SETTLEMENTS: FRAUD UNRAVELS ALL
the Supreme Court unanimously allowed Zurich’s appeal and set aside the settlement agreement on the basis of fraudulent misrepresentation by the claimant, holding that Zurich had been induced by the claimant’s fraud to enter into the agreement and had settled for a much greater sum than it would have but for that fraud.
It thus restored the decision of the First Instance Judge.
Encouraging settlement was of considerable importance, but not sufficient to allow a claimant to retain monies obtained by fraud.
The fact that Zurich suspected fraud did not preclude inducement and it was not necessary to show deceit to prove inducement. In a disputed claim in litigation what mattered was the chance that the claimant would be believed at trial.
It was difficult to envisage a situation where a mere suspicion of fraud would preclude unravelling a settlement when fraud was subsequently established.
The statement in its defence that the claimant had exaggerated his difficulties in recovery and current physical condition for financial gain did not preclude the defendant from unravelling the settlement when fraud was subsequently established.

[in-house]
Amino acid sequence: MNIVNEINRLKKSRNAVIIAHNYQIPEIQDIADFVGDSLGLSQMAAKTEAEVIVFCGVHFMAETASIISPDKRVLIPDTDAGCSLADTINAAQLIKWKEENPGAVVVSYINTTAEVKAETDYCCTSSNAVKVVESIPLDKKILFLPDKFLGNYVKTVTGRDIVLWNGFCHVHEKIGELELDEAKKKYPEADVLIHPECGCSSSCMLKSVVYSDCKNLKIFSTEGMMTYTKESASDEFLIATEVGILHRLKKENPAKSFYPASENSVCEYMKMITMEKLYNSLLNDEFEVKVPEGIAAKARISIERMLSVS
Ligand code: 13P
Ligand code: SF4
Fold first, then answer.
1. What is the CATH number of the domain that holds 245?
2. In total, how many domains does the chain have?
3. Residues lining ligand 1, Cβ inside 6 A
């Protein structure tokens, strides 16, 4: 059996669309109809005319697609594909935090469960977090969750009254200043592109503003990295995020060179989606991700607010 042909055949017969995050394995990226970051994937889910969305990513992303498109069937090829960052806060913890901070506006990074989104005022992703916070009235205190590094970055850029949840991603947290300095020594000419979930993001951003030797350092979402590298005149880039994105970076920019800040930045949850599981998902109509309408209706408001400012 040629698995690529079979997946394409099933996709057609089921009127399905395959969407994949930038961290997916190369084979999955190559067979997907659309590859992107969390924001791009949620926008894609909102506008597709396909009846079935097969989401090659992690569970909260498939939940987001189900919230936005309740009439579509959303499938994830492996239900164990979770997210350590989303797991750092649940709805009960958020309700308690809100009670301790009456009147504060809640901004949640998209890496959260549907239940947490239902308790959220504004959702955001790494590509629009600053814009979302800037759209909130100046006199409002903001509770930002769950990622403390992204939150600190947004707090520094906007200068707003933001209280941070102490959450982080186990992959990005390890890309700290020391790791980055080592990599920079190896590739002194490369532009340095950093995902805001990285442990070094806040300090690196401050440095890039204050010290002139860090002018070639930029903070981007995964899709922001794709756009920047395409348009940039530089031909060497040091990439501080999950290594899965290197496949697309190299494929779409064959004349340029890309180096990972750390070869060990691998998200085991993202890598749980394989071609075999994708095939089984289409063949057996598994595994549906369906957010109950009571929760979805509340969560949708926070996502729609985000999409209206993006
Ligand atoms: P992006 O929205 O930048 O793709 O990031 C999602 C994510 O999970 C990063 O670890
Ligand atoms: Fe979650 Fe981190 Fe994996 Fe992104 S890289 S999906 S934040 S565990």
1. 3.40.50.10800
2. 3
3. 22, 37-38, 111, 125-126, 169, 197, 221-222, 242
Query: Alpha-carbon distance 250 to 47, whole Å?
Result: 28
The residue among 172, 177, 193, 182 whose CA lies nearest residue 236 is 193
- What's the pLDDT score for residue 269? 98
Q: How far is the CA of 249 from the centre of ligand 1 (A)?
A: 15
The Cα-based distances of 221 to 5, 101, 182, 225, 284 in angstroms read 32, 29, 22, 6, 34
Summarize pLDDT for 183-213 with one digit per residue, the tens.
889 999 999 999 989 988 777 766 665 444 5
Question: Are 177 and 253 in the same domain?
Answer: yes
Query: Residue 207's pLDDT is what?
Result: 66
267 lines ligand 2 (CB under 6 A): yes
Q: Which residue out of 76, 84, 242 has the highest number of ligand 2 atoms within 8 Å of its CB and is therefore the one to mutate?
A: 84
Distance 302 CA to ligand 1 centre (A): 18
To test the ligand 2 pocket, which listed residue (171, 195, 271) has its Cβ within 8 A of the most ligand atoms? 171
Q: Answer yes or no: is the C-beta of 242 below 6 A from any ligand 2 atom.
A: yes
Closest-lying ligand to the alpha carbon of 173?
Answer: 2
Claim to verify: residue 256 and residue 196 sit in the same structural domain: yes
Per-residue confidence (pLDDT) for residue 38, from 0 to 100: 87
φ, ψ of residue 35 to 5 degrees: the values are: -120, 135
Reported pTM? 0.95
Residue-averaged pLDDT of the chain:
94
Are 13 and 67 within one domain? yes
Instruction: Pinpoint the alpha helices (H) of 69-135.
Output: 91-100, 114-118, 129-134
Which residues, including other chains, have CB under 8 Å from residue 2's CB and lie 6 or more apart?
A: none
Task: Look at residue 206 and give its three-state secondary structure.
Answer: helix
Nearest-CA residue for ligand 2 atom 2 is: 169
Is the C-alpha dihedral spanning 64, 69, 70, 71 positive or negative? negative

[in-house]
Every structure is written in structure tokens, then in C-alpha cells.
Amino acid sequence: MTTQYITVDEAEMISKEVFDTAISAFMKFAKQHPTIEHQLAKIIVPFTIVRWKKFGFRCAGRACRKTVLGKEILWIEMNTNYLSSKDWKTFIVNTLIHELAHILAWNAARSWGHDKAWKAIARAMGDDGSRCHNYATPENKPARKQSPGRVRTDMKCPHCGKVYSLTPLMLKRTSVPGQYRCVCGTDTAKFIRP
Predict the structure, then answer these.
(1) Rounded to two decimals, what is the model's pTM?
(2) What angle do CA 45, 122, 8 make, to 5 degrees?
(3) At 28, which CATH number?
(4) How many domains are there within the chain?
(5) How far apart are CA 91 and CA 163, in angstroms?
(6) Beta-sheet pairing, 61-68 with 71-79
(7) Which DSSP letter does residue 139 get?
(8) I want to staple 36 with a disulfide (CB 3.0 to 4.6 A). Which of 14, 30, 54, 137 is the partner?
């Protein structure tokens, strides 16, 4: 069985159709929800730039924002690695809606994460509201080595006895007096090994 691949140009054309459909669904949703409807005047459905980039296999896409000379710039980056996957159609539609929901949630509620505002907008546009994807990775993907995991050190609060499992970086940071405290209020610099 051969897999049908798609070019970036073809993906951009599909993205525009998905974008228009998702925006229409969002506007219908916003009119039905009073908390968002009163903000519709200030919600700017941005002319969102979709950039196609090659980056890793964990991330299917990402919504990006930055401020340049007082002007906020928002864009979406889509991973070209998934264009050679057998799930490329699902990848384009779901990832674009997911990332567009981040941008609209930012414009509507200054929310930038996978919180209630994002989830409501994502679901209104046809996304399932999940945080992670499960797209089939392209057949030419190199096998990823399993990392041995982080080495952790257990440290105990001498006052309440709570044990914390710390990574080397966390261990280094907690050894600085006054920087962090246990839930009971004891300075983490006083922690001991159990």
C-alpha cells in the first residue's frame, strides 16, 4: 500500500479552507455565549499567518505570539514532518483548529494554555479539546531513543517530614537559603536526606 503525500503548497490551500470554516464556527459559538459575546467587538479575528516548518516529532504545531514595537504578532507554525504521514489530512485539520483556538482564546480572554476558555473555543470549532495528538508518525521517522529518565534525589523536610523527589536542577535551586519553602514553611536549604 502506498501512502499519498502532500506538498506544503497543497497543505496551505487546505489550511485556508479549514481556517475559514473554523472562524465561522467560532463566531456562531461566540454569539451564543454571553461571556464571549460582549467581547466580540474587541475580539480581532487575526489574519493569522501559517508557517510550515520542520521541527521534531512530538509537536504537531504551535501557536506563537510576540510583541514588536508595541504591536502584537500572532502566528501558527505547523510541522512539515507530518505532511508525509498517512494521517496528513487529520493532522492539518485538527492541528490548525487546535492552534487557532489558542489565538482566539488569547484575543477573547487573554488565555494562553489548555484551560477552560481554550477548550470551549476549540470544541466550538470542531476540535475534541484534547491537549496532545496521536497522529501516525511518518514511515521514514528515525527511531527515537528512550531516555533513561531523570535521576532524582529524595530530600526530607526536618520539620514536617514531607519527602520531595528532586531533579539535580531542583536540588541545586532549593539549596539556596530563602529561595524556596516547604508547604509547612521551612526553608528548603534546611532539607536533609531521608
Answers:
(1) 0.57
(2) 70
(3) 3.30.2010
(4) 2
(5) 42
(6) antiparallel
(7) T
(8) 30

That represented a suspicion of fraud, which was subsequently proven.
The Supreme Court quoted, with approval, from other cases that fraud:-
“is a thing apart” and
“unravels all” and
“vitiates judgments, contracts and all transactions whatsoever”.
Note that in any personal injury case issued on or after 13 April 2015 the whole claim must be dismissed if the court is satisfied on the balance of probabilities that the claimant has been fundamentally dishonest in relation to any part of the claim.
Nothing in the Supreme Court’s decision affects the Court of Appeal’s finding that exaggeration for financial gain equals fraud. What the Supreme Court said was that that was an allegation of, and a suspicion of, fraud which was proven after settlement after information was received from Mr Hayward’s neighbours.
Consequently although the decision of the Court of Appeal has been overturned the significance of the Court of Appeal’s finding, for the purposes of fundamental dishonesty, that exaggeration for financial gain equals fraud has not been affected.
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